When you’re finished, shut down your cluster using the
aztk spark cluster deletecommand. (While you can delete the nodes from the Pools view in the Azure portal, the command does some additional cleanup for you.) You’ll be charged for each node in the cluster at the usual VM rates for as long as the cluster is provisioned. (One cost-saving option is to use low-priority VMs for the nodes, for savings of up to 90% compared to the usual rates.)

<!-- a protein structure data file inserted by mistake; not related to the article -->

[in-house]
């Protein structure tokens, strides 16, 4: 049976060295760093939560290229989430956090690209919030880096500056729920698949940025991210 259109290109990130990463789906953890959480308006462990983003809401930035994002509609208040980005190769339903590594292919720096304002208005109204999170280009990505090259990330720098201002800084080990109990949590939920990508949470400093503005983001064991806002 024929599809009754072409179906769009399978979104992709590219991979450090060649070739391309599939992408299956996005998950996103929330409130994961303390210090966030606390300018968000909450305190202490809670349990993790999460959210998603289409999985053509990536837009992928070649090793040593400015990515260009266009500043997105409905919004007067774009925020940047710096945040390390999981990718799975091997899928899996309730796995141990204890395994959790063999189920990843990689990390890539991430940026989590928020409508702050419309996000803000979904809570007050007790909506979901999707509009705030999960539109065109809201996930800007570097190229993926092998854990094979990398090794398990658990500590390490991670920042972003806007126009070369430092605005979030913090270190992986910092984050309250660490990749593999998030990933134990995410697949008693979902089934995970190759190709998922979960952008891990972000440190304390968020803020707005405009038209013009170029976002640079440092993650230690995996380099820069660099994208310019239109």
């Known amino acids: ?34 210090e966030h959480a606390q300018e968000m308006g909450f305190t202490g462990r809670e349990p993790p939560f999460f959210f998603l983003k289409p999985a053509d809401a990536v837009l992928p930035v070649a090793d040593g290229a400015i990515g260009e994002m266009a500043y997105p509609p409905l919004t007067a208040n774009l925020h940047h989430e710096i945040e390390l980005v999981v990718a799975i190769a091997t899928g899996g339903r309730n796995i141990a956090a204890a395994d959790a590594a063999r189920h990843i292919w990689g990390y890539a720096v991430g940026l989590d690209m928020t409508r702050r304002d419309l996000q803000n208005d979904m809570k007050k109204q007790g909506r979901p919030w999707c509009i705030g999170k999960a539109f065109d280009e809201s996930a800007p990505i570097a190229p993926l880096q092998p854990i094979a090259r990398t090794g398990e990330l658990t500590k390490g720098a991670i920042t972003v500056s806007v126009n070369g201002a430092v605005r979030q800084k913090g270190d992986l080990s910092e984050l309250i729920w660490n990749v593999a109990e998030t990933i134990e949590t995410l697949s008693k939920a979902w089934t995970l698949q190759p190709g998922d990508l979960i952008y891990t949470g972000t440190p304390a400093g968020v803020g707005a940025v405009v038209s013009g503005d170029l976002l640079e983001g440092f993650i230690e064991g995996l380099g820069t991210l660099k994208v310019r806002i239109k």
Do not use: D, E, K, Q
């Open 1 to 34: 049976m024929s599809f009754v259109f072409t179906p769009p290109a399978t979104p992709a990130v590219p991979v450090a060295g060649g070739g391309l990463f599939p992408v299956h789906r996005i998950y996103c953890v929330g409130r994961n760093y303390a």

That’s it! Once you get used to it, it’s all quick and easy — the longest part is waiting for the cluster to spin up in Step 5. This is just a summary, but the full details see the guide SparklyR on Azure with AZTK.
It’ll take a bit more than five minutes to get started, but it is a good sight easier than building the servers yourself.